Displaying 1 - 20 of 49

President of the Republic of Malawi visits WCC with hope for Africa

His Excellency Rev. Dr Lazarus McCarthy Chakwera, president of the Republic of Malawi, and First Lady Monica Chakwera and a delegation visited the Ecumenical Centre on 21 February, meeting with World Council of Churches (WCC) acting general secretary Rev. Prof. Dr Ioan Sauca, the WCC staff leadership group and programme executives.

Pastor Godson Lawson Kpavuvu: “God heals, but people must also be treated”

Pastor Godson Lawson Kpavuvu, president of the Methodist Church of Togo, is also chair of the International Reference Group of the World Council of Churches Ecumenical HIV and AIDS Initiatives and Advocacy programme (WCC-EHAIA). Involved with WCC-EHAIA from the beginning, he reflects below on what its like to be, as he describes, one of the veterans of the struggle.”

How will Africa go to the assembly?

This was the question African representatives to the World Council of Churches (WCC) central committee asked themselves. More than 30 representatives of churches and WCC staff members from Africa met as part of the WCC central committee meeting held online from 23 – 28 June 2021.

“Conflict Zones and Covid-19” webinar will offer a clarion call to compassion

A webinar hosted by the World Council of Churches (WCC) on 26 November will explore “Conflict Zones and Covid-19: A call to compassion.” Speakers from Cameroon, Nigeria, South Sudan, Lebanon, Belarus and Colombia will offer their insights on how conflict exacerbates the conditions for contracting and treating COVID-19 among civilians caught in the crossfire, especially women.

At Effata school in Togo, students transform attitudes about gender-based violence

Through four years of collaboration with the Effata Secular School in Togo, the World Council of Churches (WCC) Ecumenical HIV and AIDS Initiatives and Advocacy programme has introduced students and teachers to Thursdays in Black, towards a world without rape and violence, helped them better respond to HIV, and offered a safe space to discuss responsible sexual and reproductive health.

Thursdays in Black is growing in Namibia

The Thursdays in Black campaign for a world free from rape and violence has been intensified in Namibia, bringing awareness of the heightened risk of violence against women and children during the COVID-19 lockdown.

On the eve of “16 Days”, churches in Nairobi launch Thursdays in Black

While lighting candles at a gathering of the All Africa Conference of Churches in Nairobi, church leaders, members of the civil society and youth on Monday launched Thursdays in Black, the global movement calling for resistance to attitudes and practices that permit rape and violence.

Unveiling the campaign, Archbishop Timothy Ndambuki, an African Brotherhood Church leader who is the chairman of the National Council of Churches of Kenya, urged churches to hear and give compassion to women suffering violence without asking questions.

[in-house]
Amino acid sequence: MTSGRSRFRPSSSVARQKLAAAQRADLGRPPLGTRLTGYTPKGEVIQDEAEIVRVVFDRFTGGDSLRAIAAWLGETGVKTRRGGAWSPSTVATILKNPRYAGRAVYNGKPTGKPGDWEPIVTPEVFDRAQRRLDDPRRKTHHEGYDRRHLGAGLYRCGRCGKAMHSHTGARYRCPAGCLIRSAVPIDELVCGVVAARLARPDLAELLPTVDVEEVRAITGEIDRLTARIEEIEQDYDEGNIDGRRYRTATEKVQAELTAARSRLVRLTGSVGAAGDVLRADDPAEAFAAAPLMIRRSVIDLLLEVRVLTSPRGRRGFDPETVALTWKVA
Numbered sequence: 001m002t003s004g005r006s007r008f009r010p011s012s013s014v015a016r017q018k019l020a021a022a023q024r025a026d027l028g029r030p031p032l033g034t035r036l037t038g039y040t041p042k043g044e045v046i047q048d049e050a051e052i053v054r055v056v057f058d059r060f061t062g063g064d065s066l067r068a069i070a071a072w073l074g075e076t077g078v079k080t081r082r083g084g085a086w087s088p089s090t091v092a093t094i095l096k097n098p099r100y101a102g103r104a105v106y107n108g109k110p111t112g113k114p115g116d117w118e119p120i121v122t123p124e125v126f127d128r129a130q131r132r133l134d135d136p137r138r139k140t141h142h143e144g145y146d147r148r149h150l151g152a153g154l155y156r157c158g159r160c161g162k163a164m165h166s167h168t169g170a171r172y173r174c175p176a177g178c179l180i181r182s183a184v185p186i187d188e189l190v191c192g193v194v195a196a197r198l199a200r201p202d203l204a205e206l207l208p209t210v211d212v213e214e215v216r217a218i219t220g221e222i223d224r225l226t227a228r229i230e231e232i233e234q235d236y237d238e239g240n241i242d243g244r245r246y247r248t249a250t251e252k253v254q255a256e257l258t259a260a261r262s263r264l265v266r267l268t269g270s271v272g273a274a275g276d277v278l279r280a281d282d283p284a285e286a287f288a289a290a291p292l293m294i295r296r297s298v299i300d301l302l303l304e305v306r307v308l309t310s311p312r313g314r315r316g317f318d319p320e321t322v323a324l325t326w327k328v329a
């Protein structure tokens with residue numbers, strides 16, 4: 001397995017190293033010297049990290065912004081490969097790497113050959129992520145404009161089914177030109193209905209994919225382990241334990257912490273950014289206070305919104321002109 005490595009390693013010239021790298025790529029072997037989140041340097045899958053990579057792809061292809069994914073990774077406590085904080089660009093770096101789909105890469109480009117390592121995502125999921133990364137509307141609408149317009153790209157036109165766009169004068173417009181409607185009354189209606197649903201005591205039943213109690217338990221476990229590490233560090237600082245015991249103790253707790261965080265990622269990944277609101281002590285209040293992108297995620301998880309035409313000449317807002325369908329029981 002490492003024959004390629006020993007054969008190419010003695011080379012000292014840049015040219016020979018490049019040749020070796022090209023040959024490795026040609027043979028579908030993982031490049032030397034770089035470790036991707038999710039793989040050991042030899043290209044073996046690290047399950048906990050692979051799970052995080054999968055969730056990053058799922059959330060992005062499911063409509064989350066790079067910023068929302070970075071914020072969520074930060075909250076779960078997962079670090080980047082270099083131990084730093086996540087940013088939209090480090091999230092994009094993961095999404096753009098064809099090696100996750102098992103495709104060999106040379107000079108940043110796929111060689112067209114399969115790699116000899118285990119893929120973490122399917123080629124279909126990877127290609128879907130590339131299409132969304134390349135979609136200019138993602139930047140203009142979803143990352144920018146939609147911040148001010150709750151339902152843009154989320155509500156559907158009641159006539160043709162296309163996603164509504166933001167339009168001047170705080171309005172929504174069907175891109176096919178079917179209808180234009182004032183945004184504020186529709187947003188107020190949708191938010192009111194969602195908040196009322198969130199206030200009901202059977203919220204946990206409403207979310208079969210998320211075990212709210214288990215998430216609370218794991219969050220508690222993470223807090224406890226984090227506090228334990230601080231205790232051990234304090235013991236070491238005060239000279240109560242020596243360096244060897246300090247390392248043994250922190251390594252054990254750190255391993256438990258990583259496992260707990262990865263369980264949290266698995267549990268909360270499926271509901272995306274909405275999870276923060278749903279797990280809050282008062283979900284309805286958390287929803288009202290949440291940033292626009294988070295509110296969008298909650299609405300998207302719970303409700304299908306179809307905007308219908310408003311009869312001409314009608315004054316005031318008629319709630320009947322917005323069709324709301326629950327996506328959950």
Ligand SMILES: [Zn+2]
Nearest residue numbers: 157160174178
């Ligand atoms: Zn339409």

Churches in southern Africa stand against violence, xenophobia

Churches across southern Africa are publicly saying #EnoughIsEnough,” with many denominations and congregations continuing to issue strong statements, arrange special prayer events, and speak out against rising levels of violence.

Both the Dutch Reformed Church and the Uniting Presbyterian Church in Southern Africa (UPCSA) have been discussing gender justice and how to keep the momentum going on the unprecedented public demand for change.

Rev. Damon Mkandawire: “A man is a gender justice champion”

This is the fifth in a series of interviews with Thursdays in Black ambassadors who are playing a vital role in increasing the impact of our collective call for a world without rape and violence. Rev. Damon Mkandawire is hospital administrator for the United Church of Zambia’s Mbereshi Mission Hospital.

When you strike the women, you strike a rock

As South Africa grapples with a gender-based violence crisis, president Cyril Ramaphosa is convening, on 18 September, the entire parliament for a special session on how to create a society in which women feel not only safe, but enjoy human rights equal to men. With 52,420 sexual offences reported in the last financial year - and many unreported - hundreds of thousands of people in South Africa are publicly saying “#EnoughIsEnough.” Churches and faith communities are a vocal, visible part of this call for change. Will the momentum grow? Will we stand with the women of South Africa?

Moravian Church in Tanzania launches Thursdays in Black

Moravian women pastors and evangelists have said: “Enough is enough: no more rape and violence against women." Women leaders of the church marched in the streets of Mbeya town in Tanzania wearing black on Thursday to officially launch the Thursdays in Black global campaign to stand against rape and violence.

“Ambassadors of change” address gender justice at Uganda university

As Makerere University in Uganda admitted new undergraduate students in August, trained “ambassadors of change" were able to speak about preventing sexual and gender-based violence and HIV transmission. The ambassadors were trained though workshops offered by the World Council of Churches Ecumenical HIV and AIDS Initiatives and Advocacy programme.